Fabio Capello has resigned as England manager, the Football Association has confirmed.
Capello quit after a meeting with FA chairman David Bernstein and general secretary Alex Horne at Wembley.
An FA statement read: “The Football Association can confirm that Fabio Capello has today resigned as England manager.”
The FA’s statement continued: “The discussions focused on the FA Board’s decision to remove the England team captaincy from John Terry, and Fabio Capello’s response through an Italian broadcast interview.
“In a meeting for over an hour, Fabio’s resignation was accepted and he will leave the post of England manager with immediate effect.”
Bernstein said: “I would like to stress that during [the] meeting and throughout his time as England manager, Fabio has conducted himself in an extremely professional manner.
“We have accepted Fabio’s resignation, agreeing this is the right decision. We would like to thank Fabio for his work with the England team and wish him every success in the future.”
A media conference with Bernstein and the Club England management team will take place at Wembley Stadium on Thursday at 1200 GMT.
The FA will not be making any further comment until the media conference.
Wednesday’s meeting was the first time Capello had met the FA since their decision to remove the armband from Terry pending the outcome of his court case in July.
Terry, 31, denies a charge of allegedly racially abusing QPR’s Anton Ferdinand.
On Sunday, Capello told Italy’s state broadcaster RAI he did not believe someone should be punished by sporting authorities before a court had reached a verdict.
“I thought it was right that Terry should keep the captain’s armband,” said Capello, whose first game in charge was on 6 February 2008, against Switzerland.
“I have spoken to the [FA] chairman and I have said that in my opinion one cannot be punished until it is official and the court – a non-sport court, a civil court – had made a decision to decide if John Terry has done what he is accused of.”
FA head of elite development Gareth Southgate suggested Under-21 head coach Stuart Pearce will be in charge for England’s friendly against the Netherlands at Wembley on 29 February.
“Stuart Pearce is in the building and with the under-21s,” said the former England defender.
“But you have to think for the summer – can you get the person you want for the longer term? Because the leading candidates are with clubs at the minute.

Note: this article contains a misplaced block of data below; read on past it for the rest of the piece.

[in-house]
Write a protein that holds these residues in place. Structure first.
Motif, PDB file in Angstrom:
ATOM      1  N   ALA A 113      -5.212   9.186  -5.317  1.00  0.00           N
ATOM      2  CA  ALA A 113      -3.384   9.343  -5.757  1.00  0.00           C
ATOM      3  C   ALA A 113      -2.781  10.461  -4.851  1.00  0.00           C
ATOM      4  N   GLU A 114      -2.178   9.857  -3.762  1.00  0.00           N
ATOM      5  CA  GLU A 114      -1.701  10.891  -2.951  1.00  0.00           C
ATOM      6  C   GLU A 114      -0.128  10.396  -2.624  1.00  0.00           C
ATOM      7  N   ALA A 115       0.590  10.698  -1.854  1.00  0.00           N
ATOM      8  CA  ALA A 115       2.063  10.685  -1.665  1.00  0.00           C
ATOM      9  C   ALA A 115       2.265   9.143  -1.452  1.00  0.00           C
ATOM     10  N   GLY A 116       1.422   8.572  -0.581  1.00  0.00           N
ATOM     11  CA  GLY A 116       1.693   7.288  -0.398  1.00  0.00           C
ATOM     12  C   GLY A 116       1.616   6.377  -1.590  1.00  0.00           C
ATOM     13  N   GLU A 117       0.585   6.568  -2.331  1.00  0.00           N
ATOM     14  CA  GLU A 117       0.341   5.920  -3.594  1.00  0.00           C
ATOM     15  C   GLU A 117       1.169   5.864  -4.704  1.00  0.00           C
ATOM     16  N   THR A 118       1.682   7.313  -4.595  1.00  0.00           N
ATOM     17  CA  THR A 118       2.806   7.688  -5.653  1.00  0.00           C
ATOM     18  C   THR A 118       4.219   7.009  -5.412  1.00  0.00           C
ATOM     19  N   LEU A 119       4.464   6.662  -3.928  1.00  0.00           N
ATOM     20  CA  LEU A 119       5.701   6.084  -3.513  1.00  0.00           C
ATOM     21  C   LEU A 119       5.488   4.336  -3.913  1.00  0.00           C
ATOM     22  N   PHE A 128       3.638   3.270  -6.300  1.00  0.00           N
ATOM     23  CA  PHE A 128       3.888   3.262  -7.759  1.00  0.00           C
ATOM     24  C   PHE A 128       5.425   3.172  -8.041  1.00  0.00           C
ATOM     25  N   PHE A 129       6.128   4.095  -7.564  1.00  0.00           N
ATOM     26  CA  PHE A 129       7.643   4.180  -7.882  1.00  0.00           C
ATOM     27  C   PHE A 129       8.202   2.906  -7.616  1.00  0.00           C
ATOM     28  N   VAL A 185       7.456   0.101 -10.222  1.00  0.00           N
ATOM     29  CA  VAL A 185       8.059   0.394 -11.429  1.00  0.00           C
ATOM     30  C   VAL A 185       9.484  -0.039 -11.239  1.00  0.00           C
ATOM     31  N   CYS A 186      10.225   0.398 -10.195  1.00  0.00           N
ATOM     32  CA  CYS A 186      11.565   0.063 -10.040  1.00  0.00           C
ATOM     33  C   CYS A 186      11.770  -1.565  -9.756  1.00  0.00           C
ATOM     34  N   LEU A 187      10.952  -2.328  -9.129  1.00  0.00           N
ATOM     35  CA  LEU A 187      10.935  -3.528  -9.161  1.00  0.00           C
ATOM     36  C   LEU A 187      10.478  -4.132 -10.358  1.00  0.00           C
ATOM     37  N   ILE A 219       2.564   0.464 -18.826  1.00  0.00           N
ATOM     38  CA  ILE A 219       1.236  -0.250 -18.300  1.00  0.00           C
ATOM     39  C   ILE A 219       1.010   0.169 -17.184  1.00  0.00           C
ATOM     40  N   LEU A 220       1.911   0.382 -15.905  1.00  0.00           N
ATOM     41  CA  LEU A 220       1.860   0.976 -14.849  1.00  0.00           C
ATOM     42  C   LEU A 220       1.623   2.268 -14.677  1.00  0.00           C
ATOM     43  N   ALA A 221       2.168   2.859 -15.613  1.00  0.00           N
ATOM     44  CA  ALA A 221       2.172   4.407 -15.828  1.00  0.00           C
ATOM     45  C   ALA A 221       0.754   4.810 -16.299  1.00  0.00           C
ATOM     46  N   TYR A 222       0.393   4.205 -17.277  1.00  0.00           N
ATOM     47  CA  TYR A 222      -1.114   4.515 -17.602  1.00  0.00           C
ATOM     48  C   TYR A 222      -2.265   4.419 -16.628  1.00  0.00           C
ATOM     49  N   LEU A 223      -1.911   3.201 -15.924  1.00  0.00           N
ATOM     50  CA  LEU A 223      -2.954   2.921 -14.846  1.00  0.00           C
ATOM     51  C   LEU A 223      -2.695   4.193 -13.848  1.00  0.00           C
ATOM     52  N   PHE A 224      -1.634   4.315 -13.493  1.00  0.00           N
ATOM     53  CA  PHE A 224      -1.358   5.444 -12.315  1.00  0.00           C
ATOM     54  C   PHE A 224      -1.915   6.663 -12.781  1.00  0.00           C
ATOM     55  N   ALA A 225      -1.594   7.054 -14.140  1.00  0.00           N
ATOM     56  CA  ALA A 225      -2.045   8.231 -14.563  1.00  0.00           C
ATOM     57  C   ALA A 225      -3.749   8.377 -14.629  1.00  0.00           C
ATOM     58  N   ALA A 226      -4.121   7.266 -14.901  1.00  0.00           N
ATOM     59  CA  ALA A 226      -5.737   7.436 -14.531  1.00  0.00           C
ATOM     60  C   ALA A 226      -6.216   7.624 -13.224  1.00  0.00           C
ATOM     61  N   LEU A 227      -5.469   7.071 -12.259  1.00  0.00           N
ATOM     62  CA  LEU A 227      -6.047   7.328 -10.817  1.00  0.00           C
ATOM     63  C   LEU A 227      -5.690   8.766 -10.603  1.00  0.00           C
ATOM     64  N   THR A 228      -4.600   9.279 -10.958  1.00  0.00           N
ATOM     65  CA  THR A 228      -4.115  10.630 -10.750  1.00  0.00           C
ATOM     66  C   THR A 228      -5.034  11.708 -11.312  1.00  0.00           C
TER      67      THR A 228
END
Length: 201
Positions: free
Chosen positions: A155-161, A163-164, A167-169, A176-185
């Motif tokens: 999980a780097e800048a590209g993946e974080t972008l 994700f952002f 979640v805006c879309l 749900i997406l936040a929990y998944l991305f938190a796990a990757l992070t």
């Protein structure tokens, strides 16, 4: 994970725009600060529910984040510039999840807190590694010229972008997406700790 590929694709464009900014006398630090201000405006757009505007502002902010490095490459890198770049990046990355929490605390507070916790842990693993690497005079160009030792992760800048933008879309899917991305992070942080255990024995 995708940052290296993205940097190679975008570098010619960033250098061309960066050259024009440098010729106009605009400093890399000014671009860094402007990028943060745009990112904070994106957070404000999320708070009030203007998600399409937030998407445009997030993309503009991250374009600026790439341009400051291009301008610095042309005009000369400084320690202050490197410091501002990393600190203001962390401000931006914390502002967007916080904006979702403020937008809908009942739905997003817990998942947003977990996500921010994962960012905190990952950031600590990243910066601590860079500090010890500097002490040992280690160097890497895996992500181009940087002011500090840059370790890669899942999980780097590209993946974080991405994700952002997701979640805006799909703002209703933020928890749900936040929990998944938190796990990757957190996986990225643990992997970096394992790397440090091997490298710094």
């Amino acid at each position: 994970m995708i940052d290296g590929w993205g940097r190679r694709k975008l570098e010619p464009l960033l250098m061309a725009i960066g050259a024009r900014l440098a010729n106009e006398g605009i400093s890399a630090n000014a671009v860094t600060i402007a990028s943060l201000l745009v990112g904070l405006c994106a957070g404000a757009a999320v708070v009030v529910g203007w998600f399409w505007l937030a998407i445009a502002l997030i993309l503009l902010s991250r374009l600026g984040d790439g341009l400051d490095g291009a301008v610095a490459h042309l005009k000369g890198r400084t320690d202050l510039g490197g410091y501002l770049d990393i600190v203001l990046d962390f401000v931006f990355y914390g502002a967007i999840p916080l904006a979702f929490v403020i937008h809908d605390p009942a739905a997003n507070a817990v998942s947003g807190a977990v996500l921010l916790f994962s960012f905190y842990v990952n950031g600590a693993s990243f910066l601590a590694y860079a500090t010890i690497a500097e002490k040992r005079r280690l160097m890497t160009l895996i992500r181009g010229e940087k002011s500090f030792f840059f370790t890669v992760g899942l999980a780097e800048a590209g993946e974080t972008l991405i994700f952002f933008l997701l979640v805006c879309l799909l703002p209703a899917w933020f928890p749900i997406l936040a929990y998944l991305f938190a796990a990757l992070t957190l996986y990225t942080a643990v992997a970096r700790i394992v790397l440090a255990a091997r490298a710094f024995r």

“Harry Redknapp is one of leading candidates but Tottenham will have something to say about that and Daniel Levy is not going to want Harry to leave without a fight, so there’s an awful lot to work out in the next few weeks.”
Former England captain Alan Shearer said: “England should be managed by an Englishman and I would go along with Harry Redknapp as the outstanding candidate. He’s a genius at motivating players.”
“Let’s move on and get someone who wants to manage England in a major tournament. Managers come and go and you have to be professional as a player.
“They’ll want to put on the white shirt and go out there and play regardless of who’s in charge.”
Another possible candidate to succeed Capello is West Brom manager Roy Hodgson, who was tipped to replace the Italian after the 2010 World Cup.
However, before the FA made its decision, the vastly experienced Hodgson plumped for an ill-fated spell with Liverpool before moving on to the Hawthorns.
Meanwhile, Fabio Capello’s resignation as England manager has shocked key figures in the national game, but pundits have been quick to back Harry Redknapp as the ideal man to replace the Italian.
“It’s not the ideal circumstances that you lose a manager before the summer after a disagreement,” said Match of the Day presenter and former England striker Gary Lineker.
“They [the FA] have taken a stand – it’s strong leadership from them and it’s also strong from Capello.
Clearly Fabio Capello’s reaction to the FA’s decision to remove John Terry as England captain, and his decision to air his frustrations on Italian television, have been the final straw. I was told if Capello was prepared to back down then it probably would have been brushed under the carpet and he would have continued until after Euro 2012. It seems he has gone into the meeting, felt his authority had been undermined and could not continue. It has been a seismic shock for the England team and everybody involved in it.
Source: BBC Sports